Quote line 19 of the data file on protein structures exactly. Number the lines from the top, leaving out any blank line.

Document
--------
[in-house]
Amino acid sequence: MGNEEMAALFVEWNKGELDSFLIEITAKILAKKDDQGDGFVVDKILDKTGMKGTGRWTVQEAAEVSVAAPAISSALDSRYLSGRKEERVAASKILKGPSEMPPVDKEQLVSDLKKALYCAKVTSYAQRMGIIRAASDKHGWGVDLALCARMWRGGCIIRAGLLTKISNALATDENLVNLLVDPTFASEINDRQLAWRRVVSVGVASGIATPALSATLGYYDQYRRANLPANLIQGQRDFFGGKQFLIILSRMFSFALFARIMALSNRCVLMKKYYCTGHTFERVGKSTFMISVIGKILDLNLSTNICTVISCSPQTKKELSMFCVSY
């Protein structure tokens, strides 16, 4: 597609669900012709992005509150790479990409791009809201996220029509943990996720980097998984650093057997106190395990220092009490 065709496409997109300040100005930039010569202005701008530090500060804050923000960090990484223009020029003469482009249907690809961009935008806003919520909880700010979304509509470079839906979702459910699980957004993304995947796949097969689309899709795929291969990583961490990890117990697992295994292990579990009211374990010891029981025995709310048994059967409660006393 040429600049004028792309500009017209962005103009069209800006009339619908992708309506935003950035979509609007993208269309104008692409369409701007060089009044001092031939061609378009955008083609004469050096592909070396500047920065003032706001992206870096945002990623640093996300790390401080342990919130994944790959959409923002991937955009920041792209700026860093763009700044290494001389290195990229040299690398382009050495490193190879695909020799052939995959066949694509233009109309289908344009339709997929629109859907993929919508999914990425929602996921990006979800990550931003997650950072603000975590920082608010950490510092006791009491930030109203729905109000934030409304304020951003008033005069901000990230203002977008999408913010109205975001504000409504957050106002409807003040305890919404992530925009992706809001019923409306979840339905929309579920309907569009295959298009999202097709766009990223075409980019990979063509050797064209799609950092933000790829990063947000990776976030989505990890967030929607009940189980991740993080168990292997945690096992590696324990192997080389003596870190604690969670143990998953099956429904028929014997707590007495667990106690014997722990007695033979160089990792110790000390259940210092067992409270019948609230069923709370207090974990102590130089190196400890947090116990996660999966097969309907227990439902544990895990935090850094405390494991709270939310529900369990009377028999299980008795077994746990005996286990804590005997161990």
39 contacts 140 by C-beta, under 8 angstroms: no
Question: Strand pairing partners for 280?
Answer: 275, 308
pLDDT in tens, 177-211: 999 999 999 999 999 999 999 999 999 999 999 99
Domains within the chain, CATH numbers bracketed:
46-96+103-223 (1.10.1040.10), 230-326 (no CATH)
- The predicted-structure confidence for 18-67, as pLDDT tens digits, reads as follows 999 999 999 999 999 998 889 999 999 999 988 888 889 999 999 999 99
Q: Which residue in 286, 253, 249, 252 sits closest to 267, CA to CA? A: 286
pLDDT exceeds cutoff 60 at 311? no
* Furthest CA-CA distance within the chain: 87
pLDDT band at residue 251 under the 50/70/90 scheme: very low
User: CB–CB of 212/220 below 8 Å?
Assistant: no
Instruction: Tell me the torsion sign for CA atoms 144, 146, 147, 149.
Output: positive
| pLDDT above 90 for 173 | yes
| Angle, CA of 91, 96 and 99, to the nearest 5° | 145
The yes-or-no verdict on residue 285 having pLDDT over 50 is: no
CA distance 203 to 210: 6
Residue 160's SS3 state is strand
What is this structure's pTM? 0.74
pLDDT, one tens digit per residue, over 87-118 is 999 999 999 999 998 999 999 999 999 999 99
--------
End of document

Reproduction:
| pLDDT above 90 for 173 | yes